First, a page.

Photo: D10 tidal turbine installation in France (Photo: Sabella)

French tidal turbine armors with smart monitoring

French tidal energy company Sabella has teamed up with QOS Energy to improve the performance monitoring of its Ushant tidal energy project, located off the west coast of France.

The operation of the 1MW tidal turbine, installed in the Fromveur Passage back in October 2018, has been optimized with QOS Energy data intelligence platform, the developers informed.

Immersed 55 meters under water at the bottom of a strait that lies between Ushant Island and the Molène archipelago, Sabella’s D10 tidal device uses the data platform, backed with more than 100 sensors on the turbine, to identify, assess and anticipate potential failures.

Specific data acquisition techniques, and innovative analytics tailored to the constraints of the demanding sub-marine environment, have also been developed through the collaboration, QOS Energy and Sabella said.

Jean-François Daviau, CEO of Sabella, said: “Operating and maintaining a utility-scale tidal turbine at such depth is particularly challenging, and data collection and analysis plays a vital role in doing so successfully.

“QOS Energy’s data intelligence platform enables our O&M team to visualize critical KPIs such as water pressure, temperature, swell energy prediction, rotor speed or torque compared to power produced. We need this cutting-edge monitoring capability to be able to fully understand performance, and effectively control potential failures.”

Sabella’s technology can be deployed as part of large tidal commercial arrays, as well as answer the energy needs of remote off-grid island communities.

Off-grid tidal energy represents a considerable and largely untapped market, considering that about 11,000 islands worldwide are permanently inhabited by a population in excess of 730 million people in total.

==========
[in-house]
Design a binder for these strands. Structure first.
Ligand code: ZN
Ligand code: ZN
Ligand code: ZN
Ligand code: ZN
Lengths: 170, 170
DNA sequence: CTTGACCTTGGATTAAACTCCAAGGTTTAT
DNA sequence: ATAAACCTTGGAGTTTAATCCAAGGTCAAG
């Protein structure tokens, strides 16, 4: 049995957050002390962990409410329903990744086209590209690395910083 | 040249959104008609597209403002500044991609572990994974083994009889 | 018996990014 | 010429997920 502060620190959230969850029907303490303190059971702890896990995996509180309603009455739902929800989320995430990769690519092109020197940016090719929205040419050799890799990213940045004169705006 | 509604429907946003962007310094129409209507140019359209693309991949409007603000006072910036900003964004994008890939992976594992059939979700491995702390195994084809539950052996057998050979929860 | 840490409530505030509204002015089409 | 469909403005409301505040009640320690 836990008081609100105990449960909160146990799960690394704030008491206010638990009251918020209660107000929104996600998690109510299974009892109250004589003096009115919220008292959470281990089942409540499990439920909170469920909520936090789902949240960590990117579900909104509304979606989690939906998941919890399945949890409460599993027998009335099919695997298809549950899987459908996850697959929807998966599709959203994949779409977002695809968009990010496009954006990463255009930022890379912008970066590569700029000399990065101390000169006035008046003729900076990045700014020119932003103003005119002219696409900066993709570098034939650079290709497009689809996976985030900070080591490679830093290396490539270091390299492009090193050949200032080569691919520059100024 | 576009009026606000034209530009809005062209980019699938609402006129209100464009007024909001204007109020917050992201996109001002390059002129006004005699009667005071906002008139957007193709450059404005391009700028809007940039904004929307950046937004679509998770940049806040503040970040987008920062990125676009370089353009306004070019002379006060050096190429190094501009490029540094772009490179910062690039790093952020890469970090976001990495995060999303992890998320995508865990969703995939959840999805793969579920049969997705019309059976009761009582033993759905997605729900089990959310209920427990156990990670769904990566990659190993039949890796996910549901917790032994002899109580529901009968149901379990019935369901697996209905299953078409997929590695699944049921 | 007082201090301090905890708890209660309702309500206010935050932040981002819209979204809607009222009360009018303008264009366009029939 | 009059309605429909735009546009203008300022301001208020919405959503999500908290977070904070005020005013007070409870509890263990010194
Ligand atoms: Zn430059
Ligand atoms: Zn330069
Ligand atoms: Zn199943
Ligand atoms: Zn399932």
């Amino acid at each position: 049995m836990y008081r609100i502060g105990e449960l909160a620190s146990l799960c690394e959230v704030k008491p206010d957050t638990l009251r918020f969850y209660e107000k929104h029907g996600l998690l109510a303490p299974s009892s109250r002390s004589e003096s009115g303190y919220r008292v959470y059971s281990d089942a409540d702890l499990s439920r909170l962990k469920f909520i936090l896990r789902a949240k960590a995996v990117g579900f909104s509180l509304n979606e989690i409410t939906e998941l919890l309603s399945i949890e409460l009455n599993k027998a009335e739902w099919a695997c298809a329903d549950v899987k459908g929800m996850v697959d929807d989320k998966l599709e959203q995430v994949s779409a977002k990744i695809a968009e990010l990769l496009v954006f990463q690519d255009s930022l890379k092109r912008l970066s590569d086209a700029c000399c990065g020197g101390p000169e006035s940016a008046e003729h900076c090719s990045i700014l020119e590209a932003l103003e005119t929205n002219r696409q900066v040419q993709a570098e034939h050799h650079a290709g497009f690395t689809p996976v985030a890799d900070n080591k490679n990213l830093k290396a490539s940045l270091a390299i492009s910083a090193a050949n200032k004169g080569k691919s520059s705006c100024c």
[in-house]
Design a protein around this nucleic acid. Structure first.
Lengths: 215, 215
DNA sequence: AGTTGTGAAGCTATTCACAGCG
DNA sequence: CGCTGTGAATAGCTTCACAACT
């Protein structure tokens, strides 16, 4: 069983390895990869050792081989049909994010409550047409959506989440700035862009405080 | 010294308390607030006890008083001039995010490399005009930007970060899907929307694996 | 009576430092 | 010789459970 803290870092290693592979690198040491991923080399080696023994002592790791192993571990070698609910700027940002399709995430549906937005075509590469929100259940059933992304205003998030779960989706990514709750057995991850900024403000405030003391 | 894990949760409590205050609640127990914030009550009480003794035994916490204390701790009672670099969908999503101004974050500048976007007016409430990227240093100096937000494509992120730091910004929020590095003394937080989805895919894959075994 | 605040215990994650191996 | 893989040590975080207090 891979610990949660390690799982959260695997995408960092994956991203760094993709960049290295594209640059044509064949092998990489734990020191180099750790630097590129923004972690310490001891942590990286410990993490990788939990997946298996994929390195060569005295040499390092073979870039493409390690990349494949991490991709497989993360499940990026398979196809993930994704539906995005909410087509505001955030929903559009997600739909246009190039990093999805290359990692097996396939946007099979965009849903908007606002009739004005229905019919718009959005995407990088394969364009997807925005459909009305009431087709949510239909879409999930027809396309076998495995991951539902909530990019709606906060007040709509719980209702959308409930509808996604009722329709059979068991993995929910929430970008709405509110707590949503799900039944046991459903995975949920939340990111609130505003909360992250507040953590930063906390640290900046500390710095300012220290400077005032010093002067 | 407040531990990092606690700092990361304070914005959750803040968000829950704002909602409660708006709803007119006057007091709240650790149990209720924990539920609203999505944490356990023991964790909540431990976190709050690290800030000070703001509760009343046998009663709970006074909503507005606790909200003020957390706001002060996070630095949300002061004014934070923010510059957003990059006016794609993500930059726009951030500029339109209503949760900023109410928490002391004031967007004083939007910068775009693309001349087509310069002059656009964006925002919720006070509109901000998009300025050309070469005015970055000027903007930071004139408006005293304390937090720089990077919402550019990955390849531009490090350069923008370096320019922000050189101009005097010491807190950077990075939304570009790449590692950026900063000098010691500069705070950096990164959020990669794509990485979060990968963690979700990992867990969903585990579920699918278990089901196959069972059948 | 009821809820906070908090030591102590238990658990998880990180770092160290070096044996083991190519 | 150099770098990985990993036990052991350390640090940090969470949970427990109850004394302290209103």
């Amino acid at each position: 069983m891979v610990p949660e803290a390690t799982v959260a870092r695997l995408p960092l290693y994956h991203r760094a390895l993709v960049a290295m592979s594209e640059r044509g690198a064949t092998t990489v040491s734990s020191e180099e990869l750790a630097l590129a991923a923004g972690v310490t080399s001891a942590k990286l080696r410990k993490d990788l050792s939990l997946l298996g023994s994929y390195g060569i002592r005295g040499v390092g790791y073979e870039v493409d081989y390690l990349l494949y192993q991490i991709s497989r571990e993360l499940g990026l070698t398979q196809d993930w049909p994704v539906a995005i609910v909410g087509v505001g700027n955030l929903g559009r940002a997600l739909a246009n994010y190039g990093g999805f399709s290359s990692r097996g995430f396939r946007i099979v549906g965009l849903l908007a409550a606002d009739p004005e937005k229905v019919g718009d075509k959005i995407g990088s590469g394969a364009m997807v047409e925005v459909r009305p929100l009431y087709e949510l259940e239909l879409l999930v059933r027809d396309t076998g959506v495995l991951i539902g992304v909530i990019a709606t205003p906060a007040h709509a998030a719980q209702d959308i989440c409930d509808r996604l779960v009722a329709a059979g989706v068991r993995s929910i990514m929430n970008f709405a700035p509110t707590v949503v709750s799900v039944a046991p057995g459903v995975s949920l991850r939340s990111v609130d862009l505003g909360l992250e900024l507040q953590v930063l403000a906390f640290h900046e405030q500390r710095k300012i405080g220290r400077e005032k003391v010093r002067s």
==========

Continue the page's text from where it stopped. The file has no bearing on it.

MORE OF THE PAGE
“Tidal turbine technology has great potential for off-grid islands that can now harvest their abundant tidal resources. Unlike most other sources of clean power, tidal energy produces renewable power in a regular and predictable manner, enabling operators to reliably forecast power production over the full life-cycle of a project,” added Daviau.

With an energy cost of energy per MWh that can be 5 to 10 times higher than in interconnected areas, tidal energy, potentially associated to other renewable sources and storage capabilities, is emerging as a sound economic model for off-grid islands, according to Sabella.

Jean-Yves BELLET, VP-CTO of QOS Energy, said: “We believe that effective plant monitoring and optimization will be instrumental in bringing this emerging technology from the margin to the mainstream.”

Sabella’s D10 trials, expected to last for three years, will see the turbine tested with onshore battery storage system, set up to increase the grid stability, as part of the ICE project.

The demonstration follows the 2015-2016 testing campaign, during which the D10 turbine produced and exported tidal power to the French national electricity grid.